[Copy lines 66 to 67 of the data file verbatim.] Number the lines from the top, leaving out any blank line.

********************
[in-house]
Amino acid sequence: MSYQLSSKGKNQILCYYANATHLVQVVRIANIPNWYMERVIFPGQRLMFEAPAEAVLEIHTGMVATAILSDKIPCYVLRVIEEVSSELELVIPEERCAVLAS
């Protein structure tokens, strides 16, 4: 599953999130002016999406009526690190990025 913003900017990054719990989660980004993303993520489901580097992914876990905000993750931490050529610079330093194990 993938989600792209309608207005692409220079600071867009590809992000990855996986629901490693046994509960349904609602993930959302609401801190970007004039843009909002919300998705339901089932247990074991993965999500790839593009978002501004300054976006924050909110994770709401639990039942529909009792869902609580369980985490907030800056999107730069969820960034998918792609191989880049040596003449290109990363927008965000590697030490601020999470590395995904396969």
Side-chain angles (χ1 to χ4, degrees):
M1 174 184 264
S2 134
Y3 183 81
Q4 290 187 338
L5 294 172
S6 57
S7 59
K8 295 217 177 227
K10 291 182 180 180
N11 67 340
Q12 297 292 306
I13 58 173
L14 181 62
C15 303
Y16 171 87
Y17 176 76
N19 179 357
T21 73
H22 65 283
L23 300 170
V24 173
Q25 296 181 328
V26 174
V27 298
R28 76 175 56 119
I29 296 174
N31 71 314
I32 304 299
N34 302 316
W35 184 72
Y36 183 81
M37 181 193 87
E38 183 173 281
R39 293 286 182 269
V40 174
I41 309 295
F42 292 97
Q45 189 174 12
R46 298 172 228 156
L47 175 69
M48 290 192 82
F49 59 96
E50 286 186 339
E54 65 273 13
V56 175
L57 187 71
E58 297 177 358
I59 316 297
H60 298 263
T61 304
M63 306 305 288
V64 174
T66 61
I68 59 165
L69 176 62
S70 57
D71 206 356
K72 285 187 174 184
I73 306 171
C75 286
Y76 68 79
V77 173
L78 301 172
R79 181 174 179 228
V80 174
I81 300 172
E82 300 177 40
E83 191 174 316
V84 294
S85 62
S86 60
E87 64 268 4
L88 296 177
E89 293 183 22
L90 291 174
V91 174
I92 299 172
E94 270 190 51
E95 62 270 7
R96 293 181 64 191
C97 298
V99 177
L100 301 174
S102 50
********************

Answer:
V77 173
L78 301 172